July 13, 2008

Secure Border Initiative and Enterprise Architecture

The enterprise architecture change process starts with requirements generation and management. Requirements become business cases and business cases become decision requests for new or changes to IT projects, products, and standards that go before the enterprise architecture board (EAB) and ultimately to the IT investment review board (IRB). The decision requests get vetted against the architecture for business alignment and technical compliance by the EAB. The IRB takes the findings of the EAB and also looks at return on investment and risk management. Approved changes to the IT environment get added to the enterprise architecture.

So mission-business requirements from the program sponser/end user are the starting point for changes to the EA.

What happens though when requirements are unclear?

Obviously, if the requirements are unclear, then proposed changes to the enterprise are sort of like shooting in the dark, and the ability to develop viable technical solutions is a guessing game.

An article on Secure Border Initiative in National Defense Magazine, July 2008, demonstrated how the architecture does not add up, when the “Border Calculus” is a big question mark.

After 9/11, securing the border became a more publicized issue. With the formation of DHS, the Secure Boarder Initiative (SBI) was set up in 2005.

SBI is supposed to secure the border, okay. But secure it against what is the question. What are the requirements for securing it?

  1. Illegal immigrants—“For many Americans—especially these who don’t live near the border—illegal immigration is what prompts their calls for a beefed up border.” While some say that “the U.S. economy depends on cheap labor…others claim illegal immigrants are a drain on the economy.”
  2. Terrorism—“For the Department of Homeland Security, charged with protecting the nation, keeping weapons of mass destruction out of the United States is the priority.”
  3. Drugs—“for many who live north and south of the four states that border Mexico, the real threat is narcotics.”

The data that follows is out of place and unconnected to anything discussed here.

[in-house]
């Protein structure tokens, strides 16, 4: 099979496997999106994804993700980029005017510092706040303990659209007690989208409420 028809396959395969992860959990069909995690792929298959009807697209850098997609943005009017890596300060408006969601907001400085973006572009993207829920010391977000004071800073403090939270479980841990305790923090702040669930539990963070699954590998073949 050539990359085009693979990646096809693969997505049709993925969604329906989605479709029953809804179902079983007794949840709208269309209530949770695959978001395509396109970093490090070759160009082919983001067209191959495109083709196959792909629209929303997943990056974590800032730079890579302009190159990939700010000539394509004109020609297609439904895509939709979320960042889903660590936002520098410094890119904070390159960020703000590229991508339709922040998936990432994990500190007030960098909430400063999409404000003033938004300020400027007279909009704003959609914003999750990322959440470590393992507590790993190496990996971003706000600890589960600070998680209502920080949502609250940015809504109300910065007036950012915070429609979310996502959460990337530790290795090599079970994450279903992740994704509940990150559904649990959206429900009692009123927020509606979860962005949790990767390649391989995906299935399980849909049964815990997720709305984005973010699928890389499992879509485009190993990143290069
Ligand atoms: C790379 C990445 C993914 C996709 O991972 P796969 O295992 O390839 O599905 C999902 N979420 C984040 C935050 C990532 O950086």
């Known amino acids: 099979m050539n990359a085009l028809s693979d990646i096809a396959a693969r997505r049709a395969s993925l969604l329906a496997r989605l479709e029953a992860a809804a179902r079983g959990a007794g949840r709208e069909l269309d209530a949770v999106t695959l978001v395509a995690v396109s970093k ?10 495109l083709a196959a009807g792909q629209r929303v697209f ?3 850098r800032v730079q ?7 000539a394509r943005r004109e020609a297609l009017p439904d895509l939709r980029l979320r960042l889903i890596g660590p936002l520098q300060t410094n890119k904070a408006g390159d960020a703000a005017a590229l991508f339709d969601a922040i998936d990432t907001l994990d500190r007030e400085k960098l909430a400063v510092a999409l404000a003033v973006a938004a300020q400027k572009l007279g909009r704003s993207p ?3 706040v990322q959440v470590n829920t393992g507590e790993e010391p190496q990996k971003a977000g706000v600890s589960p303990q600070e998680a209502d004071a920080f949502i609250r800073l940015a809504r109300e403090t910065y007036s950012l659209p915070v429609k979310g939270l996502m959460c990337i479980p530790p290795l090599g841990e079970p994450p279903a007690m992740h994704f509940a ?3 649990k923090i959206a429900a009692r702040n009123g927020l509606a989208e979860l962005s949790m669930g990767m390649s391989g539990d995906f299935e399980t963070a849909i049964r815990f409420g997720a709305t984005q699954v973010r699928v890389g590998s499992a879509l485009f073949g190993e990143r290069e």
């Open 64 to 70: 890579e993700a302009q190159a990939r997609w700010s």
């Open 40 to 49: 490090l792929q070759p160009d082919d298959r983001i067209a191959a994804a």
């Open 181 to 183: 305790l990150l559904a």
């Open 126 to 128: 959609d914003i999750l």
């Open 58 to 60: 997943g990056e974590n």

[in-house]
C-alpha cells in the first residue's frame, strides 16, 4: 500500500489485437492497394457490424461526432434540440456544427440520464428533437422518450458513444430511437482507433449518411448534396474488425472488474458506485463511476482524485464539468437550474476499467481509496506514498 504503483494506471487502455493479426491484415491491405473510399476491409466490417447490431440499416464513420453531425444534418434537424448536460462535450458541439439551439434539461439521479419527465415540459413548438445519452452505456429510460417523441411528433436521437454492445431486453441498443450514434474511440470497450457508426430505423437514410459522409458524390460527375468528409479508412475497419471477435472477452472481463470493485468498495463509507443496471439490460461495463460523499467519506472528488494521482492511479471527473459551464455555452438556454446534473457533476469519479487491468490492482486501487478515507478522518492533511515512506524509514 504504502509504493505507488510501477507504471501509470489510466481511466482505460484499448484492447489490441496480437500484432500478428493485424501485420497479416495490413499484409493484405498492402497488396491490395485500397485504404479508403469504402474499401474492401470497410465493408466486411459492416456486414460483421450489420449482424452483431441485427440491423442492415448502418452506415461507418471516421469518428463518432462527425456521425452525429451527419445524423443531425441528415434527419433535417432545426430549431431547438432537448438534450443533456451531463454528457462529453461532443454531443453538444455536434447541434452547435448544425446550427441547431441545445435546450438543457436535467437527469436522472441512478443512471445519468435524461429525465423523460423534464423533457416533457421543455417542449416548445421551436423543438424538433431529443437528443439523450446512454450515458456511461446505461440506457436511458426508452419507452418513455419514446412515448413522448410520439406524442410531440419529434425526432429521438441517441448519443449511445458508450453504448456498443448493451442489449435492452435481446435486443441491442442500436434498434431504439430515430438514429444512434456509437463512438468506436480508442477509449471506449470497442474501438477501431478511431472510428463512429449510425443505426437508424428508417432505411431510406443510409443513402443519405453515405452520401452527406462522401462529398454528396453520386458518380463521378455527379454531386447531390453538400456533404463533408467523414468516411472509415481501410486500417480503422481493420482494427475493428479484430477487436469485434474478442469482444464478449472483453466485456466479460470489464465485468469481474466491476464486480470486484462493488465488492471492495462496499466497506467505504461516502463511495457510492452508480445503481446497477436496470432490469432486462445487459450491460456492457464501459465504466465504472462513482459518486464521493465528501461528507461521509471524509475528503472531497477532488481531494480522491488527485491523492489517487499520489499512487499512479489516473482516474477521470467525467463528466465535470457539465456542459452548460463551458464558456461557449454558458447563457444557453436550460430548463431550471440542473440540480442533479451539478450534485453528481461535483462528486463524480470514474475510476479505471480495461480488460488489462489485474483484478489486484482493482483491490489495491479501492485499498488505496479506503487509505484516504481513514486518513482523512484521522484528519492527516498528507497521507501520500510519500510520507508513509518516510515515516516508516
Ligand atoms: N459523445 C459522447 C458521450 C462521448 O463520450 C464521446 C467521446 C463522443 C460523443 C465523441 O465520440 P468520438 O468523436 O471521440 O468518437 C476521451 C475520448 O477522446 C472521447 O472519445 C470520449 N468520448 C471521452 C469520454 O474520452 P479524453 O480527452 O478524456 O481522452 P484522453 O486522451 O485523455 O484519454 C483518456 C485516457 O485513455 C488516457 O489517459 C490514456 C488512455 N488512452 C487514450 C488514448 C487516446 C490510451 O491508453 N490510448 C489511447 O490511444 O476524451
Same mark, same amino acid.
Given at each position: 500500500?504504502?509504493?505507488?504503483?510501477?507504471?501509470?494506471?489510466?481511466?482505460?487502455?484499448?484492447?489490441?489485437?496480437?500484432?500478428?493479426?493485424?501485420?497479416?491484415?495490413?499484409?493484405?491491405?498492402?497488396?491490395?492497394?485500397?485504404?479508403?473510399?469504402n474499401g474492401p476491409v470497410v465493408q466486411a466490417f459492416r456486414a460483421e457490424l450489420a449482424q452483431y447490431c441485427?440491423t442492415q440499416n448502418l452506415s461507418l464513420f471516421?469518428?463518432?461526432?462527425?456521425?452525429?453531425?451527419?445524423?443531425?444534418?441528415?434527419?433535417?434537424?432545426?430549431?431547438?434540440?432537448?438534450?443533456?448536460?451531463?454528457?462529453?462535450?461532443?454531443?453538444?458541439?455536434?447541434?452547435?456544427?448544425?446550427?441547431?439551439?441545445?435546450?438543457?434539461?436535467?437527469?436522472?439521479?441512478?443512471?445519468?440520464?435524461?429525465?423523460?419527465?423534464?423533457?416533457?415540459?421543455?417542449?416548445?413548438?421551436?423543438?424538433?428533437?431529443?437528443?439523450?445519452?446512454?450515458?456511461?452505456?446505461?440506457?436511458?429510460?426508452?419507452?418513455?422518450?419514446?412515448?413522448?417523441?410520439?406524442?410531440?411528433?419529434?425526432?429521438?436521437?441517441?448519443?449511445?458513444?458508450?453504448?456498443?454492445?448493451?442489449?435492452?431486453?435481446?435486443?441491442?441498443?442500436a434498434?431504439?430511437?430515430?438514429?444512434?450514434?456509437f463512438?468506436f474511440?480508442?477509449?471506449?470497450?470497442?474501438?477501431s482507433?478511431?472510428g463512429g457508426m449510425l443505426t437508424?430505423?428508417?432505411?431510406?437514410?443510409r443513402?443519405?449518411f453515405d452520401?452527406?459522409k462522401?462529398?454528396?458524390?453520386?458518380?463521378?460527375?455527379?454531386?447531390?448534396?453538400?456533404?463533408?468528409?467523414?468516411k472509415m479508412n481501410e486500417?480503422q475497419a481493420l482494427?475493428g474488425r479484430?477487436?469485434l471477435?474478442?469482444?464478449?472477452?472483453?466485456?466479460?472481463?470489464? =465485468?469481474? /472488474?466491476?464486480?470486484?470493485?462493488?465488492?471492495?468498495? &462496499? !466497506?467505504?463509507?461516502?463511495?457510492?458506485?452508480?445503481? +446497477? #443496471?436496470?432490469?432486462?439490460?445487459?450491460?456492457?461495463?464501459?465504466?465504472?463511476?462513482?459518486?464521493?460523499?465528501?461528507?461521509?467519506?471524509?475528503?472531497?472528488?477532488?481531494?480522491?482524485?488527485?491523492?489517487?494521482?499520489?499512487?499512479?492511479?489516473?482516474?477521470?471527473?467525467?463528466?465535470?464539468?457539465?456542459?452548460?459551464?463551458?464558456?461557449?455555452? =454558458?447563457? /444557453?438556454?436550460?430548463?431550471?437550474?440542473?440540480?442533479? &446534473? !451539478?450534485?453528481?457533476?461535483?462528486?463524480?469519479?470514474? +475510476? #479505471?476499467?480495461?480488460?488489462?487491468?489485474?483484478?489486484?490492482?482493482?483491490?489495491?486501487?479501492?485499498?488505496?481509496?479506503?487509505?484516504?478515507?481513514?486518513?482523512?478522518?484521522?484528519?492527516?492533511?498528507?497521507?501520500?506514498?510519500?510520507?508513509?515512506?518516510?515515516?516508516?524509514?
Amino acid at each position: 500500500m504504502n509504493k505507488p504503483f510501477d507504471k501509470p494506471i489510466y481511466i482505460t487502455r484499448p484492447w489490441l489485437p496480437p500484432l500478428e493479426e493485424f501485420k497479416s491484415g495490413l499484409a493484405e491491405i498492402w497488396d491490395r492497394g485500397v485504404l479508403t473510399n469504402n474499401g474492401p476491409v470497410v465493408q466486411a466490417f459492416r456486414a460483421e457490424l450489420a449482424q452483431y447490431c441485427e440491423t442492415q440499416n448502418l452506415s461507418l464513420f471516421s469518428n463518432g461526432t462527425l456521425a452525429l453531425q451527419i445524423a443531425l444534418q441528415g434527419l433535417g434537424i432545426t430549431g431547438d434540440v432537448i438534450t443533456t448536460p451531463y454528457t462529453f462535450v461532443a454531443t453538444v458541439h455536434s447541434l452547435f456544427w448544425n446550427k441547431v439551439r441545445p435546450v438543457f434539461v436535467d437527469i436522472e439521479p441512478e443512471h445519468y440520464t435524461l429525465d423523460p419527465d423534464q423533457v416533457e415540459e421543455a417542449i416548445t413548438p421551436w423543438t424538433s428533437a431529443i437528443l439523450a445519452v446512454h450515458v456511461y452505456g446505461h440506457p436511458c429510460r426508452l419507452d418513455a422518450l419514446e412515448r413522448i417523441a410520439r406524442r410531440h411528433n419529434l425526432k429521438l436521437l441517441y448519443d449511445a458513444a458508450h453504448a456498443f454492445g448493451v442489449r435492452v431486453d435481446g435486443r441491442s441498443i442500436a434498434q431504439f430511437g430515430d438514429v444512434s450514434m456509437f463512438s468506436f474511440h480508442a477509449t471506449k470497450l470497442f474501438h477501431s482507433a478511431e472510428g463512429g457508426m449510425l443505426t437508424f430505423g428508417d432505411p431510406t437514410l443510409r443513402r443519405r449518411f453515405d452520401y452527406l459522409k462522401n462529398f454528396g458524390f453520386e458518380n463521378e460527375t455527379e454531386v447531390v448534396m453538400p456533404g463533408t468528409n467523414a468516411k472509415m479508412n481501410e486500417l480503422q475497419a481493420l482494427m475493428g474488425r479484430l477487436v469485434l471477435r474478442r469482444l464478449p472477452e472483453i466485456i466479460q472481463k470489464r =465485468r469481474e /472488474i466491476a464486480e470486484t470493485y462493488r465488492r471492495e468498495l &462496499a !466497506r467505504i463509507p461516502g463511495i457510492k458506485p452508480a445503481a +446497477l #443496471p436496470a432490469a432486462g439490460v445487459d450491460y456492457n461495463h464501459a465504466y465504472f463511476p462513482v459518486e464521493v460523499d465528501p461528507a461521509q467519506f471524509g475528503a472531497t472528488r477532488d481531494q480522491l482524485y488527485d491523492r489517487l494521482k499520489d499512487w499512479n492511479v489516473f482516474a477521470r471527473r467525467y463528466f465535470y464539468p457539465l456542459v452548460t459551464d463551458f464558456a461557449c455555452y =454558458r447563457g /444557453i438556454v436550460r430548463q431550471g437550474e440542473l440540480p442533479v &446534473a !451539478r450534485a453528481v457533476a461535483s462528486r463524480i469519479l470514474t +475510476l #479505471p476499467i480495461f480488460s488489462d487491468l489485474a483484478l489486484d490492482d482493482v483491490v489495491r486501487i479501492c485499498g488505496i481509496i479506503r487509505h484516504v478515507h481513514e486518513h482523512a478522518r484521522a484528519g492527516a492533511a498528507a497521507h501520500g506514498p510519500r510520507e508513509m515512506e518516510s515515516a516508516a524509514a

Each of these purposes, changes the equation. If the primary purpose you are securing the border is to protect against a genuine threat of weapons of mass destruction, then some may argue for highly secure border, one that is truly non-porous, without regard to cost. However, if the goals are more for controlling illegal immigration, perhaps a less perfect and less costly border security solution is acceptable. And if drugs are the issue, then maybe the money is better spent going after the source, rather than building fences that can be circumvented.

So understanding and building consensus on the true requirements are critical to developing a business case and a technical solution.

As it stands now, SBI is going in two directions:

  1. Physical fence—“to stop those on foot or on vehicles.” Estimates by the Congressional Research Service “say that maintaining those fences may cost up to $49 billion.” While critics say that these physical barriers “only delay an illegal crosser three to four minutes,” so is this worth it?”
  2. Virtual fence—“Sensors, cameras, improved communication systems and unmanned aerial vehicles.” According to the article, “no one seems know how much it will cost to set up and maintain these high-tech systems throughout their lifespan.”

Additionally, “plans call for doubling the number of border patrol agents.”

I guess without a clear consensus on what we’re trying to accomplish, any solution will get us there or not. Isn’t this what an enterprise architecture is supposed to help with—establishing a clear roadmap or blueprint? Of course, but it’s got to start with the requirements generation process and with the business owners.


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